Whether it’s a direct mailing list, cold call directory, or an index of qualified sales-leads, the B2B marketer’s database has always been central to their prospecting strategy. So, you can imagine why there were gasps of horror when plans for the EU’s General Data Protection Regulation were first announced a couple of years ago. At one point, it seemed like the GDPR wouldn’t really apply to B2B marketing data - technically we don’t handle personal data, right?
Wrong, unfortunately, and changes to another little lot of EU legislation, the Privacy and Electronic Communications Regulations, (PECR) will result in some brand new rules for B2B marketers. The ePrivacy Regulation supplants PECR, all the while dovetailing with the GDPR. So marketers - all marketers - need to take note. What’s interesting about the GDPR is that it is almost exclusively concerned with digital data.
We recently attended An Post’s GDP Ready breakfast briefing where GDPR subject expert, Marc Michaels, decoded the new regulations and offered practical advice to Irish marketers.
‘GDPR is all about catching up with Digital and putting it back in its box,’ explained Marc, hinting that a return to the old days of direct mail are due a renaissance in a post-GDPR world. ‘Lots of marketers consider print old fashioned but we know it works’.
That’s not to say, however, that direct mail campaigns are somehow a loophole in the law - pre-existing laws around opting out will still apply. But large volumes of (presently) free flowing digital marketing data will be under arrest by order of the GDPR. Individuals can no longer be automatically opted in to receive your weekly emails - and you need to be cautious about contacting them if they downloaded one eBook two years ago.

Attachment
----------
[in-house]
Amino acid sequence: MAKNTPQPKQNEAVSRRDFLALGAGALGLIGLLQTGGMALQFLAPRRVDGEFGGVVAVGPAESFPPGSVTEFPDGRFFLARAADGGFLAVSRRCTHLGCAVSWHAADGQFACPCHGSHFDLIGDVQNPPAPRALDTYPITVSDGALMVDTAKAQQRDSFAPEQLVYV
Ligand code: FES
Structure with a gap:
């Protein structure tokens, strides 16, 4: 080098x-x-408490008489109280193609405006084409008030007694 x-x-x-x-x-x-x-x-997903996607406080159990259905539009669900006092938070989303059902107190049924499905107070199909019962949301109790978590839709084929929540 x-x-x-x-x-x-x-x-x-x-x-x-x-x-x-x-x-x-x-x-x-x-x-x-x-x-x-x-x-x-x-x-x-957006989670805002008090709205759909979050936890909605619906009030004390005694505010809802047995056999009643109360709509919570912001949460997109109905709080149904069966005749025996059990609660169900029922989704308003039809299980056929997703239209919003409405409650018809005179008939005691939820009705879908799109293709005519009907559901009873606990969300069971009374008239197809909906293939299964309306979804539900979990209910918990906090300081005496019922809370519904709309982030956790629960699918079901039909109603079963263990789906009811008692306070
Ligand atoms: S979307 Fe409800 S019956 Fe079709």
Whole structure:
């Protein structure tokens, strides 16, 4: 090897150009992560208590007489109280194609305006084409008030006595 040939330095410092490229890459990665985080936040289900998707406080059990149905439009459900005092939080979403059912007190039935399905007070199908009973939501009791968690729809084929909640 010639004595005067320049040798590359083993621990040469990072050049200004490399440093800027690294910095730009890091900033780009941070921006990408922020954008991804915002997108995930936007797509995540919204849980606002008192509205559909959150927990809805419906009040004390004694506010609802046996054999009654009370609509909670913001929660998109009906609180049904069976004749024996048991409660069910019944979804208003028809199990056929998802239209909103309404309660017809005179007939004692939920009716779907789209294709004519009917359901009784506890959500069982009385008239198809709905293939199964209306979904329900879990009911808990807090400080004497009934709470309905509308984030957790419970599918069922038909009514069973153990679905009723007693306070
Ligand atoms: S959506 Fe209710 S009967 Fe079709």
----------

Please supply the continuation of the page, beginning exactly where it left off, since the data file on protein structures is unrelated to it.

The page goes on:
‘The shelf-life of consent is shortening,’ said Marc. ‘Fifty percent of consumers want to update [their permission] less than every six months. Some want it every time you contact them’.
Changes to cookies under ePrivacy enhancements means online content consumers will have to unlock a lot more doors to get to where you want them (pages deep in your website). All in all, it could be a bummer of a browsing experience for your prospects. It might even thwart your attempts to get them abseiling down your sales funnel.
While big American tech brands like Facebook might find ePrivacy/GDPR compliance relatively easy (since it requires a login and has ongoing relationship with its users) the little guy is placed at a sizeable disadvantage. What value is there to creating a login system on a B2B marketing website that relies on unique traffic to get the word out? Could we find ourselves having to create a profile and log in to every single non-social media website we visit?
Remarketing via PPC could also take a hit since B2B marketers’ hands will have to stay well and truly out of the cookie jar. Cookies can extrapolate from users’ browsing histories what kind of ads they might like to see, and flag them up in Google’s advertising space. Farewell, seemingly spontaneous adverts for cheapest Nike shoes online.